Karmakar’s lawyer on ‘unique and unfair’ PSR

6 minute read

David Gardner, the solicitor who represented Dr Anchita Karmakar, shares his reflections on the case.

David Gardner, a solicitor skilled in representing health practitioners against the Professional Services Review, says a recent Federal Court judgement proves there is unfairness “baked into the legislation” governing the process.

His firm, Gardner Legal & Regulatory, handled Dr Anchita Karmakar’s high-profile case against the federal Health Minister. She was represented at trial by human rights barrister Julian Burnside QC and barristers Rachel De Luchi and Benedict Coyne.

Last week, Honourable Justice Logan RFD dismissed Dr Karmakar’s application, and the parties are now awaiting a costs hearing.

Justice Logan rejected her claim that she was afforded a lack of procedural fairness under the PSR and that her billing practices were judged against a subjective rather than objective standard.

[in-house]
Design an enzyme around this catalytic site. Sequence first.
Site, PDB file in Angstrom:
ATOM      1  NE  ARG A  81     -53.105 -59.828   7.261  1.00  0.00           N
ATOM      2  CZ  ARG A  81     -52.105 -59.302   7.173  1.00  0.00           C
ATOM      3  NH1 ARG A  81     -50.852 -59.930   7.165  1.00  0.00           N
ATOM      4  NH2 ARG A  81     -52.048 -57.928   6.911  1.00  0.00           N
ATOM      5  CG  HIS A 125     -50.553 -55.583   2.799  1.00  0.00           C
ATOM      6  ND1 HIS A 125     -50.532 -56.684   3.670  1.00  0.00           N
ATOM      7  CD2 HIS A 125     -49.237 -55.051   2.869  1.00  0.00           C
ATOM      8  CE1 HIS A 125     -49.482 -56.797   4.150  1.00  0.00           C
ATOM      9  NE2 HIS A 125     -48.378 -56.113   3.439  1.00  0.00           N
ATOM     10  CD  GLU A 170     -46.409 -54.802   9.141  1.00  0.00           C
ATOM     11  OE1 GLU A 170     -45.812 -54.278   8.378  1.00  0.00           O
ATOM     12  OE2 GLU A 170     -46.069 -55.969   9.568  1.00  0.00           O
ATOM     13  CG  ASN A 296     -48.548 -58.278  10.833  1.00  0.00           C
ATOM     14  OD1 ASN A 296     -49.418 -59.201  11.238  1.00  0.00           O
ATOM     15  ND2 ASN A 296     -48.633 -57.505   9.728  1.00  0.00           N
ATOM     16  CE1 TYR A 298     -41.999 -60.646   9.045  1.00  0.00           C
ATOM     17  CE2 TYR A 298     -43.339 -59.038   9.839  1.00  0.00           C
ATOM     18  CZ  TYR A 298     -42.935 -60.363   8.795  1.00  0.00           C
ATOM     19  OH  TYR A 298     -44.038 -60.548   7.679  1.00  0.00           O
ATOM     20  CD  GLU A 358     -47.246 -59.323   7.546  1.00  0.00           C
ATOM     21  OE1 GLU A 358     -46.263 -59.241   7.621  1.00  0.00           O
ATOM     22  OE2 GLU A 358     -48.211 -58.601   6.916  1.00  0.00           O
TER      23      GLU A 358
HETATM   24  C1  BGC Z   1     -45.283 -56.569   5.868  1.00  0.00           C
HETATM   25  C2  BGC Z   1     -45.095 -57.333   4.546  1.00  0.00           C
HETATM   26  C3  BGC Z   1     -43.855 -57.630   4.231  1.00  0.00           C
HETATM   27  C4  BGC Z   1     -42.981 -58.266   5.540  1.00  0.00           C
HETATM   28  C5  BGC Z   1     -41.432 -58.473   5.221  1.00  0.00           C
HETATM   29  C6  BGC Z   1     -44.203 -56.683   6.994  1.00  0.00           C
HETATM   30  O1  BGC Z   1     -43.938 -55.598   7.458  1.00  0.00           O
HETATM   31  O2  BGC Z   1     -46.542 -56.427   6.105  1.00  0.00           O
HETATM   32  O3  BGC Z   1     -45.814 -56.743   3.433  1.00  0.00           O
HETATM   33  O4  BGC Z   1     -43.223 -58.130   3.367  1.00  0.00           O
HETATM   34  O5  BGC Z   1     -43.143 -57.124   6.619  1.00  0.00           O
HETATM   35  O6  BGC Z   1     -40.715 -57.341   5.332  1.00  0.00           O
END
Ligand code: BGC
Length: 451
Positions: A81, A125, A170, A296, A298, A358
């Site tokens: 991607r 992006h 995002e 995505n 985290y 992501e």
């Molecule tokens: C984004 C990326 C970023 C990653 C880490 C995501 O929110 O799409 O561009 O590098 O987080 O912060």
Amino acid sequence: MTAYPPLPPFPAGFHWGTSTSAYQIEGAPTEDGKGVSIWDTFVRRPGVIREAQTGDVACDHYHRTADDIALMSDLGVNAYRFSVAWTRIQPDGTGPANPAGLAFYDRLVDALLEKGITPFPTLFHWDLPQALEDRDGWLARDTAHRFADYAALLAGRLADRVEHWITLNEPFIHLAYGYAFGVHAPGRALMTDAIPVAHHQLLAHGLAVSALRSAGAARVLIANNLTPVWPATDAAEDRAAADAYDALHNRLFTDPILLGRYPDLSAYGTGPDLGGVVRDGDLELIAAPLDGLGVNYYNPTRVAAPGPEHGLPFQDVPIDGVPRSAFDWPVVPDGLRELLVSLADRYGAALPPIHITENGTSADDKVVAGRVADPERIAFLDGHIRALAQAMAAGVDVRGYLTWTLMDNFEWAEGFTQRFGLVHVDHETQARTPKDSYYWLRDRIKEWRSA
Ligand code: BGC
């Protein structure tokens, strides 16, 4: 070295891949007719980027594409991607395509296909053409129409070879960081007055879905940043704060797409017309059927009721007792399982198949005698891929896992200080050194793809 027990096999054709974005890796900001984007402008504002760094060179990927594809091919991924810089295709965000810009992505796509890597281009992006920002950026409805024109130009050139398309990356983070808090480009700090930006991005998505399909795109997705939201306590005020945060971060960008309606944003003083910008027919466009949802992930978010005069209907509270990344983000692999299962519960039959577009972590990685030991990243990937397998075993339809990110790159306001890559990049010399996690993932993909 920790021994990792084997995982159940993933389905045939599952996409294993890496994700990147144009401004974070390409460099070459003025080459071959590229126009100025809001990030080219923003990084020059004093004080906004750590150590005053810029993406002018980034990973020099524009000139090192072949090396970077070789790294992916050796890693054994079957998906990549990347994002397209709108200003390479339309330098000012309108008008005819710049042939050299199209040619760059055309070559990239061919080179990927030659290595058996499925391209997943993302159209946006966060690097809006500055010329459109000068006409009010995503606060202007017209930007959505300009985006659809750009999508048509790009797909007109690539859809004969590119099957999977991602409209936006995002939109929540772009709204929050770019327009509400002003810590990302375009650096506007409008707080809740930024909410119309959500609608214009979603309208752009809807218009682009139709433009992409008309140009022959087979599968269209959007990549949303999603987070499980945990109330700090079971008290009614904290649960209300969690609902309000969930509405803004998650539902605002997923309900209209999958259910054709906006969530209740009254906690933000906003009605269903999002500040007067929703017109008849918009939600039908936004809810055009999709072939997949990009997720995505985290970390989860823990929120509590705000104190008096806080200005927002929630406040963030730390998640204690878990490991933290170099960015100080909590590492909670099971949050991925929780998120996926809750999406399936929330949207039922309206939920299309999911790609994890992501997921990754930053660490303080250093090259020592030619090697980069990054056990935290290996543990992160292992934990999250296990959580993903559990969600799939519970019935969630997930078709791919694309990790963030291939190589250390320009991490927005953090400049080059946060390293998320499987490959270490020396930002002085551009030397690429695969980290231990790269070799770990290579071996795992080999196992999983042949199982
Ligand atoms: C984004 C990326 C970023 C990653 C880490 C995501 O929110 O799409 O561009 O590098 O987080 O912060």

However, Justice Logan also pointed to some policy considerations that might arise from the case, suggesting they were “for resolution in the political arena, not in the courts”.

Gardner shared his thoughts with TMR on the outcome of Karmakar V Minister for Health, and his advice for other health practitioners who might come under the gaze of the same system.

TMR: What are your final thoughts on the judgement handed down for Dr Karmakar’s case?

DG: Obviously, we were hoping that the application would be successful.
But I think, as I said to The Medical Republic quite a long time ago, a lot of the unfairness in the system is actually baked into the legislation.

It’s not necessarily an issue in terms of the individuals running [the PSR], it’s really the legislation itself that is grossly unfair. [Justice Logan] notes that there’s certain things that perhaps could be done better to assist practitioners, and that maybe there’s some policy issues that should be considered, but they’re not matters of the court – he’s correct about that.

I think what Anchita was really hoping to ventilate through these proceedings was to determine whether under the current law, what’s happening is legal and if the current law is being interpreted correctly.